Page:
Passion

So lately I’ve been in a bit of a rut, I’ve tried to participate in a bunch of game jams and competitions, but haven’t really had the motivation to do so.

After a bit of introspection, I’ve realized that the reason for this is a lack of passion.

At the beginning of 2012, when I first started taking game development seriously, I was passionate about making any game at all, simply because it was a new experience for me.  Now that a year has passed and I’ve made several games, I’ve found that I can’t become passionate about just any project, there are some ideas I’ve had for a long time that are really calling out to me.

It is for this reason that I’ve decided to dedicate the rest of the year to the development of one such idea, a virtual pet game/music visualizer called Audiovore.  I’m not yet ready to talk about the details of it, as I’m still working them out, but I’m really excited to be working on a larger project; especially one that I first conceived back when I was in high school!

Since I don’t like to do posts without at least one image, here’s a little bit of Audiovore concept art:Thanks for reading!  Leave me a comment so I know that someone actually reads this!

4 thoughts on “Passion

  1. I know how that goes, Kyle. Sometimes I feel like I’m in such a rut about my writing or my chiptuning. That’s one of the reasons I asked you for those parameters (the bpm, the key, etc.). Sometimes it helps to put boundaries on yourself so that you have a space in which to work and build something cool.

    That aside, I’m eager to see what you do with this project. I hope it becomes something big :3

  2. Game jams were more exciting for me in the beginning as well. I remember being completely blown away by what Notch was able to pull off in two days. Now I can see more of the patterns and the resulting games are rarely interesting for more than one minute.

    Then again, I’m still convinced that it’s possible to explore that space in many interesting ways.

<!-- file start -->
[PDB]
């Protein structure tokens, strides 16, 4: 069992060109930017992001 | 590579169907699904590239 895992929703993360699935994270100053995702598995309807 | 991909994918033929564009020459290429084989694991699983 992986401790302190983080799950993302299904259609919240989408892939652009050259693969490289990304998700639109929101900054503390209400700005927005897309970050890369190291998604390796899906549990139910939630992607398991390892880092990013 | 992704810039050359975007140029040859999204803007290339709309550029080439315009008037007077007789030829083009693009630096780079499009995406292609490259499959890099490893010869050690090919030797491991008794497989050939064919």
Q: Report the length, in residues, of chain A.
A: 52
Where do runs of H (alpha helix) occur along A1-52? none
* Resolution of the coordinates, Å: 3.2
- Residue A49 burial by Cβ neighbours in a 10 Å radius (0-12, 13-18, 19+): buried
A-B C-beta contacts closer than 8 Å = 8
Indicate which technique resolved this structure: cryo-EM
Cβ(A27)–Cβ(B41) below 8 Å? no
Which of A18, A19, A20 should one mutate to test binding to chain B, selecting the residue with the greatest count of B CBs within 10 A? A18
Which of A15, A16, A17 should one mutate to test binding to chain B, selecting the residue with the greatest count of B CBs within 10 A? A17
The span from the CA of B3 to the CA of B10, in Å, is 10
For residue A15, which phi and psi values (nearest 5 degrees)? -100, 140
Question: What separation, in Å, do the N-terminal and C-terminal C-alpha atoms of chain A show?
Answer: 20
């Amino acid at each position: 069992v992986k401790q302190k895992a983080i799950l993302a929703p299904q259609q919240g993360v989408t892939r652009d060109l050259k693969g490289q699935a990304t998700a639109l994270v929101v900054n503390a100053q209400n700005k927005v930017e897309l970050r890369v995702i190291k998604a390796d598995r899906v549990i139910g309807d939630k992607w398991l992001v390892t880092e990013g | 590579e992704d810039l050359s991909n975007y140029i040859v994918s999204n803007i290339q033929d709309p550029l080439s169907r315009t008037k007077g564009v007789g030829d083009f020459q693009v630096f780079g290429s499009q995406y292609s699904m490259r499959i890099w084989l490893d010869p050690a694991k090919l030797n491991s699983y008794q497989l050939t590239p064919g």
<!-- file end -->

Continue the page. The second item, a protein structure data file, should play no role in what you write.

I see music and paintings as an ideal in that respect. Many fantastic artworks and songs have been created in two days. Maybe there is a way to do the same thing for game jams. Obviously it’s stupid to try to compete with fully fledged games. All you get is an annoyingly predictable game with tons of shallow filler. Jam games should embrace their nature.

    Of course there are some more problems with game jams. They dictate the date and theme. What if you’re not inspired? What if all of your good ideas don’t fit the theme? You’re screwed and start asking yourself what value a jam has to offer.
    It shouldn’t be all that you do.

    I think it’s cool that you take on a bigger project, though jumping from 2-7 day projects to a one year project is quite hefty. Most projects take way longer than you think. The last project that I wanted to finish in a week took me a couple of months (it wasn’t a game).
    For the sake of getting something done, quickly learning from feedback, and not getting burned out, I’d say scale down your scope.
    Also, the more you learn, the better your project ideas will get.

    In any case, all the best.

  3. Thanks for the nice comments everyone!

    @bitbof
    Watching Notch is also what got me excited about game jams!
    I feel there are a lot of interesting things that can be explored in the short-term, low-risk game jam environment. However, like you’ve said, a lot of people just like to stick to simple, easy designs. I personally try to make something unique and complete with each of my jam games. (And I know you do too!)

    Since I love to both play and design very short games, most of my ideas lend themselves well to the game jam environment. Because of this, and my lack of experience, I haven’t felt compelled to work on something larger. Audiovore is an idea that I simply haven’t been able to stop thinking about for years. Now that I have a sufficient amount of experience with making games, I really can’t stop myself from making it!

    The whole “one year” thing was just a loose estimate on my part. Design-wise, Audiovore is a very simple game. It does have a number of technical and artistic hurdles for me to overcome, but these are essential to the experience and cannot be removed. My plan is to slowly chip away at it, and when it’s done it’s done. I’m going to be making a flash version first to test and refine the idea, then once that’s done, I’ll consider porting it to Objective C. It’s always hard for me to find time to work on games, as I work full-time and go to school, so I try not to set hard deadlines.

    I really appreciate your feedback!

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